COVID-19 advice

The COVID-19 pandemic is presenting unprecedented challenges for everyone. This page provides advice for Costs Lawyers in relation to COVID-19, which will be updated as the situation develops.

CLSB services

CLSB staff are working remotely and all of our contact channels remain open.

We are here to support you with any queries you might have on regulatory or ethical issues in the current environment. We can’t give legal or employment advice, but we are available to talk through your concerns and provide guidance on your regulatory obligations.

Changes to CPD requirements

We know that social distancing measures are making it difficult to attend CPD events in person. In response to this, we have introduced a policy to enable Costs Lawyers to obtain all their CPD points for the 2020 practising year from remote learning activities (e-learning) if need be. You can find out more in our full policy statement.

We also recognise that some Costs Lawyers might be furloughed or otherwise not able to work for certain periods in 2020 due to COVID-19. The requirement to attain 12 CPD points for the year will be reduced by one CPD point for each full month that you’re not able to work. For example, if you were furloughed for two full months, you would only need to attain 10 CPD points in 2020. We will ask for evidence of your time away from work (such as a letter from your employer) to ensure that everyone is treated fairly.

Every day, more training and development activities are becoming available online, with events that would have been held in person being moved to virtual platforms. Our colleagues at ACL Training are running additional webinars and online courses. We know that many legal firms, chambers and sector bodies (like LawCare) are taking the same approach. If you are looking for virtual training in a particular area, the Association of Costs Lawyers might be able to help.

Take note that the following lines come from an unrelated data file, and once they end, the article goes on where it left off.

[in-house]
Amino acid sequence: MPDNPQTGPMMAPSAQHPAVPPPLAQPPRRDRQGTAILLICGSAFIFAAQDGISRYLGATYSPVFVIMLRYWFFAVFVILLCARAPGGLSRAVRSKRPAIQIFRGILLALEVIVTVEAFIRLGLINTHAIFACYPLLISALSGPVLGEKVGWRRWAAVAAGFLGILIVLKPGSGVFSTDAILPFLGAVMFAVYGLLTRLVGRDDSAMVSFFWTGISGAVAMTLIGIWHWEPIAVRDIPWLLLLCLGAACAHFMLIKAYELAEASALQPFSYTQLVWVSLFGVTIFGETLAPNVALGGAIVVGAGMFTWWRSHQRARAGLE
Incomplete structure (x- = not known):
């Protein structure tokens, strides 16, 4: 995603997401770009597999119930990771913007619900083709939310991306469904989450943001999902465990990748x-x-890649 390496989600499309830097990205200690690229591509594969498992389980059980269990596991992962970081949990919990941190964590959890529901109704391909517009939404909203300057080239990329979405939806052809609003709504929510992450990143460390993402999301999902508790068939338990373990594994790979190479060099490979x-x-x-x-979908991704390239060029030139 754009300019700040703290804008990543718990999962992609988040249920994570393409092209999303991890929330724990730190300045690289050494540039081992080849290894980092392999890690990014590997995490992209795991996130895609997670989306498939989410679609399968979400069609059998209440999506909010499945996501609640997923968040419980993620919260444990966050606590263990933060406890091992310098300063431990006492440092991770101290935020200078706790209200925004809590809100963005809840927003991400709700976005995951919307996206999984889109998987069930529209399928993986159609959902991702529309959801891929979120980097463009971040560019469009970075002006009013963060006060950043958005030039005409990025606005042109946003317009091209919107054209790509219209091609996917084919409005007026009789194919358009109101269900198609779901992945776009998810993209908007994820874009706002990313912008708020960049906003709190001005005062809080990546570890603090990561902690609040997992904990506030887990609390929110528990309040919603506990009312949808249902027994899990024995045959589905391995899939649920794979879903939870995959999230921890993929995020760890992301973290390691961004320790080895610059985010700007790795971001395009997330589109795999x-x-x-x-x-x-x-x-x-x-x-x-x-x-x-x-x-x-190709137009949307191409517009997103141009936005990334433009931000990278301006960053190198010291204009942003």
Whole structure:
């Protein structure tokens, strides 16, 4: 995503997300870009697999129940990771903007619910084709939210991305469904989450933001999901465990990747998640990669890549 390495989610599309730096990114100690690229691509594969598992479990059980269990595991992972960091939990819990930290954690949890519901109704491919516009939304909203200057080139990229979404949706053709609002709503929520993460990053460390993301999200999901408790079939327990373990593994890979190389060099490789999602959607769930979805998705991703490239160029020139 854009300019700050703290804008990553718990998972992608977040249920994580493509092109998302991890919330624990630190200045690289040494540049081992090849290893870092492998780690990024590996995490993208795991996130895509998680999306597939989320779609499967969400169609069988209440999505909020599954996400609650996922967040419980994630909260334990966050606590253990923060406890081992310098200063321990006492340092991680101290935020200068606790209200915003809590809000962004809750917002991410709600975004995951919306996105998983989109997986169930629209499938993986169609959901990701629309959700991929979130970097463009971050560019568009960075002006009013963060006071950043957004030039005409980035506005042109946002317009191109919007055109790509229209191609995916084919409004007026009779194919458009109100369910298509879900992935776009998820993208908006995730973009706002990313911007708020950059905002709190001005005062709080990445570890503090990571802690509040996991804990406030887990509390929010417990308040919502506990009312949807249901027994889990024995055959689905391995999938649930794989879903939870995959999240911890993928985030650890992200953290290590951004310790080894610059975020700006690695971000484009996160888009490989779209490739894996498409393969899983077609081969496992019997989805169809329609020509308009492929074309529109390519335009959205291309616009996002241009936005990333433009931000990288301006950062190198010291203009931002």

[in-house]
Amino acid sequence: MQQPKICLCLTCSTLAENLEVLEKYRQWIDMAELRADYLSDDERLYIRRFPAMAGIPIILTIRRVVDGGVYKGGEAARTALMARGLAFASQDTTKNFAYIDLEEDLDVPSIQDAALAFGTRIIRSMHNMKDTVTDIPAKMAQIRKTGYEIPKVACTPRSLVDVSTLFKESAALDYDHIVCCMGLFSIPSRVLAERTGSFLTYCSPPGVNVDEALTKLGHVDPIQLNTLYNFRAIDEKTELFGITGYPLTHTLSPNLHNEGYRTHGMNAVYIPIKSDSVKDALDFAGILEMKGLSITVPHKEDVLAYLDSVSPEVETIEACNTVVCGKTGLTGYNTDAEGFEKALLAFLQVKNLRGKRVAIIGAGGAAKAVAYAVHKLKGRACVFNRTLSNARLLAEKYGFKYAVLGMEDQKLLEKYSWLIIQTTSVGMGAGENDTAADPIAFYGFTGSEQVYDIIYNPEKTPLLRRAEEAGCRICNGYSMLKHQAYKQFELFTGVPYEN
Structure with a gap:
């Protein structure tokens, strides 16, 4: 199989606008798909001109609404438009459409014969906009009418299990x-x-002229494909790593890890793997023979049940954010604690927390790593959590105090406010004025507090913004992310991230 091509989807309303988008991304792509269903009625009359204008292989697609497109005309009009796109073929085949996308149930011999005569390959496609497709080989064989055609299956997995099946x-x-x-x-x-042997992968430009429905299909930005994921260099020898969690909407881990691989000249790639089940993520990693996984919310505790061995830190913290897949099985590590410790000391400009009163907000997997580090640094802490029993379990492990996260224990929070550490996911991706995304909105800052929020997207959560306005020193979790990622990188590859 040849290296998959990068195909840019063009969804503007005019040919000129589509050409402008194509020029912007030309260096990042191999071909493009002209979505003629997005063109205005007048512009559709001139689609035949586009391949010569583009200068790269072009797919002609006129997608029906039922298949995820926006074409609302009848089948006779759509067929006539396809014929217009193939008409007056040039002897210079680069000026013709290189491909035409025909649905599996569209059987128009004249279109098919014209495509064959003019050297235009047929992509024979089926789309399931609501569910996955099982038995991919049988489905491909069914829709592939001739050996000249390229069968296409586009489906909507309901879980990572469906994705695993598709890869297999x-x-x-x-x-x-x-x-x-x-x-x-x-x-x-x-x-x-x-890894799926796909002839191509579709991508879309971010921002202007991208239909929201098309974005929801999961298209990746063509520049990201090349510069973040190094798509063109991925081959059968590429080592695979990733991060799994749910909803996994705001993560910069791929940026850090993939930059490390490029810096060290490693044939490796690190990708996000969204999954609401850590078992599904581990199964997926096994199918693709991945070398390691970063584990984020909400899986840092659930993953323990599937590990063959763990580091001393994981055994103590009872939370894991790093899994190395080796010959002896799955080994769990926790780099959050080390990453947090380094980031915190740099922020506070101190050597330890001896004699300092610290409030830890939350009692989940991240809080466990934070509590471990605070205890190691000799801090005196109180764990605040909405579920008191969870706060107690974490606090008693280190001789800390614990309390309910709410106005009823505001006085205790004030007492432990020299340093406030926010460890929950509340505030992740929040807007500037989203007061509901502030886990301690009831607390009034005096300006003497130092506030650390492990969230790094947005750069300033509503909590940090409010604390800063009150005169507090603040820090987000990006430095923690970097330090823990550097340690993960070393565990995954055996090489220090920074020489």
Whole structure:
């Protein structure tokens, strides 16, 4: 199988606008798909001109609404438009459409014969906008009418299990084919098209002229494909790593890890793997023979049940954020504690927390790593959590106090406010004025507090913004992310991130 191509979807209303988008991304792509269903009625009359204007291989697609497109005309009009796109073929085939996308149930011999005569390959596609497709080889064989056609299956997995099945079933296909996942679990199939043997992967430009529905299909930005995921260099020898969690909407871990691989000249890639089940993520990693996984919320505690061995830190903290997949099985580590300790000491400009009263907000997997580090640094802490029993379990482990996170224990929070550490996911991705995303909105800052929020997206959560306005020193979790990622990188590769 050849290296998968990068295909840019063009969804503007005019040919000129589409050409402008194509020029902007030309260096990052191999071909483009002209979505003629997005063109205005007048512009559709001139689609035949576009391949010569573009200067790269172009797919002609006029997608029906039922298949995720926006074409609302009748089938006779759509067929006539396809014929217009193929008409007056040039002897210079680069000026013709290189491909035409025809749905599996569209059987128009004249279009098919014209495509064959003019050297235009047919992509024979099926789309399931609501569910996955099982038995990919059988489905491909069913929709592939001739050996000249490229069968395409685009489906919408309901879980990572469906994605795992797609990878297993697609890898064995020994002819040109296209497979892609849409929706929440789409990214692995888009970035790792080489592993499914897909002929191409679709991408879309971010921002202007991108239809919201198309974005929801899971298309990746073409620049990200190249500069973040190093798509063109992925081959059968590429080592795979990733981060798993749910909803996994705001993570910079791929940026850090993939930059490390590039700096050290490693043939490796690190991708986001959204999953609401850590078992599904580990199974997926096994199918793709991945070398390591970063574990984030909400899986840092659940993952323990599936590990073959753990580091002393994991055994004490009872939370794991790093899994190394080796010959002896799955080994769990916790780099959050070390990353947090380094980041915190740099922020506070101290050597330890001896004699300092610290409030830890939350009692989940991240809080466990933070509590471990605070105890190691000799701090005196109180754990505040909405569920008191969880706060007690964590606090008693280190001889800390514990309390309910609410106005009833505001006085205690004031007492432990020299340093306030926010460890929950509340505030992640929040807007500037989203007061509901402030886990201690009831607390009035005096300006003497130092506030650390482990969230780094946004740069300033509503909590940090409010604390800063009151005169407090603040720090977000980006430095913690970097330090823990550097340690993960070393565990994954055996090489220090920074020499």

Your practice

Whether you are a sole practitioner, business owner, consultant or employee, we want to support you in finding safe ways to provide continuity for your clients.

Your obligation to act in the best interests of your clients does not mean that you should put yourself or your colleagues at risk. However, it does mean that you should keep clients updated about changes to your working arrangements and explain any impact that these changes could have on the service you provide (such as your availability during office hours or your ability to meet agreed deadlines).

The legal services industry has, on the whole, responded nimbly to the challenges created by the coronavirus outbreak and many practitioners have been able to retain a full service on a remote basis. However, if your service is being curtailed, you should prioritise client matters where a delay could cause your client loss or distress (particularly where there is a risk of irremediable loss, such as a missed court deadline). Any clients whose matters are deprioritised on this basis should be informed as soon as possible and provided with information about likely new timeframes, if possible.